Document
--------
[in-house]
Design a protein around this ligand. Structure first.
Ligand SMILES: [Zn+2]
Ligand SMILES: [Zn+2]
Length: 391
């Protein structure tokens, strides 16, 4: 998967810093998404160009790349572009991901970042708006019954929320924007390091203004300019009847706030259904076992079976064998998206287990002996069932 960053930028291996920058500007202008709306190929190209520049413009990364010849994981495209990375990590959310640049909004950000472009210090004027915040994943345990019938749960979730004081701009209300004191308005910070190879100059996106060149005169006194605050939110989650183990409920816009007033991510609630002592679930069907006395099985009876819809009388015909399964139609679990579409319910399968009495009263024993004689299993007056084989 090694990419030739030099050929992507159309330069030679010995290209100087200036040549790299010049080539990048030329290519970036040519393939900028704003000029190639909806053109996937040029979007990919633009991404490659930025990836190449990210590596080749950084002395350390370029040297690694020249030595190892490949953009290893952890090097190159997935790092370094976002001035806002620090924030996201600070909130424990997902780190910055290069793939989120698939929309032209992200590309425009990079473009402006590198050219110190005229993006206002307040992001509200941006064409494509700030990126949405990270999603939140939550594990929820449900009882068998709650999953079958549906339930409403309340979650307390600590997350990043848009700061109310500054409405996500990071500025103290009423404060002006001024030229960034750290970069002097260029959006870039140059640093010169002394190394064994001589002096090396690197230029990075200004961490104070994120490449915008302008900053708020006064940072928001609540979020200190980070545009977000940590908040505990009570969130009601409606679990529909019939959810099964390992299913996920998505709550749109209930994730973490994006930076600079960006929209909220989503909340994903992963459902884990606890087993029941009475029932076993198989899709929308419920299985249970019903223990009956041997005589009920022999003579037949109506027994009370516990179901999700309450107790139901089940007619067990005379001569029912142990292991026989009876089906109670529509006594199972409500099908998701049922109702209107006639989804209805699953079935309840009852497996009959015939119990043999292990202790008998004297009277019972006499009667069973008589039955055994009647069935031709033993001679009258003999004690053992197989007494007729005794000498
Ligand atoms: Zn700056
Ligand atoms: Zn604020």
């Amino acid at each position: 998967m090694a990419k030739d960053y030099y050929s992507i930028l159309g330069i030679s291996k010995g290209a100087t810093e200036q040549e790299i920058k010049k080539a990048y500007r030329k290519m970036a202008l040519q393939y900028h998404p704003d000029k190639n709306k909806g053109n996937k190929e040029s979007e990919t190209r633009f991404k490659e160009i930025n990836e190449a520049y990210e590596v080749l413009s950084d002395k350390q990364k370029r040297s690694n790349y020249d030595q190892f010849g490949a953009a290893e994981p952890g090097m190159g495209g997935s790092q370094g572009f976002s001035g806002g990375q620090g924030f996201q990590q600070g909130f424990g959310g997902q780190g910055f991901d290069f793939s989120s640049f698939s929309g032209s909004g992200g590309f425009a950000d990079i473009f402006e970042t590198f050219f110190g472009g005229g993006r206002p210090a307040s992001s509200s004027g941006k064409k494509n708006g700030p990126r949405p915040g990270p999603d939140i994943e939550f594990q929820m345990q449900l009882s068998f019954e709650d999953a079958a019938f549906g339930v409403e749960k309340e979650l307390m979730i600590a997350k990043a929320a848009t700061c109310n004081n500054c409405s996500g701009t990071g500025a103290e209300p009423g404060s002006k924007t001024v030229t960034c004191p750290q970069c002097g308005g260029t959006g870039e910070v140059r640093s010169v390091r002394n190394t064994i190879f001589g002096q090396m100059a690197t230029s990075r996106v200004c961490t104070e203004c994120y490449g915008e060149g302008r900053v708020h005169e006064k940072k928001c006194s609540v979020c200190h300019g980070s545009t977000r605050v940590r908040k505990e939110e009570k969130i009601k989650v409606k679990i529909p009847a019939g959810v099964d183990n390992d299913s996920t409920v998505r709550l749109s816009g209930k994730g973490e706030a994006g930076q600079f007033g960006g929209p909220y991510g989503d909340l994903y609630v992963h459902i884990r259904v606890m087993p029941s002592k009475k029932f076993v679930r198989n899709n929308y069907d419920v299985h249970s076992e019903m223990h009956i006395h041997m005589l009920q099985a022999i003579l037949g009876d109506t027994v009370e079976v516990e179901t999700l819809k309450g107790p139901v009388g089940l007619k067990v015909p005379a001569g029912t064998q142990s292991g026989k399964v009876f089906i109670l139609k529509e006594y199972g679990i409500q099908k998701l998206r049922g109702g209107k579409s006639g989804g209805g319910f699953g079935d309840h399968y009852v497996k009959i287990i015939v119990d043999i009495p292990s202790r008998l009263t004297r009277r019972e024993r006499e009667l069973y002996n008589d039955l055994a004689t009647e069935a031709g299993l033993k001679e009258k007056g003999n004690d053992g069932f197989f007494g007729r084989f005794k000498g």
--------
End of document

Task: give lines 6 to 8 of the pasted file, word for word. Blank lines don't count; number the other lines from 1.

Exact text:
């Protein structure tokens, strides 16, 4: 998967810093998404160009790349572009991901970042708006019954929320924007390091203004300019009847706030259904076992079976064998998206287990002996069932 960053930028291996920058500007202008709306190929190209520049413009990364010849994981495209990375990590959310640049909004950000472009210090004027915040994943345990019938749960979730004081701009209300004191308005910070190879100059996106060149005169006194605050939110989650183990409920816009007033991510609630002592679930069907006395099985009876819809009388015909399964139609679990579409319910399968009495009263024993004689299993007056084989 090694990419030739030099050929992507159309330069030679010995290209100087200036040549790299010049080539990048030329290519970036040519393939900028704003000029190639909806053109996937040029979007990919633009991404490659930025990836190449990210590596080749950084002395350390370029040297690694020249030595190892490949953009290893952890090097190159997935790092370094976002001035806002620090924030996201600070909130424990997902780190910055290069793939989120698939929309032209992200590309425009990079473009402006590198050219110190005229993006206002307040992001509200941006064409494509700030990126949405990270999603939140939550594990929820449900009882068998709650999953079958549906339930409403309340979650307390600590997350990043848009700061109310500054409405996500990071500025103290009423404060002006001024030229960034750290970069002097260029959006870039140059640093010169002394190394064994001589002096090396690197230029990075200004961490104070994120490449915008302008900053708020006064940072928001609540979020200190980070545009977000940590908040505990009570969130009601409606679990529909019939959810099964390992299913996920998505709550749109209930994730973490994006930076600079960006929209909220989503909340994903992963459902884990606890087993029941009475029932076993198989899709929308419920299985249970019903223990009956041997005589009920022999003579037949109506027994009370516990179901999700309450107790139901089940007619067990005379001569029912142990292991026989009876089906109670529509006594199972409500099908998701049922109702209107006639989804209805699953079935309840009852497996009959015939119990043999292990202790008998004297009277019972006499009667069973008589039955055994009647069935031709033993001679009258003999004690053992197989007494007729005794000498
Ligand atoms: Zn700056
Ligand atoms: Zn604020």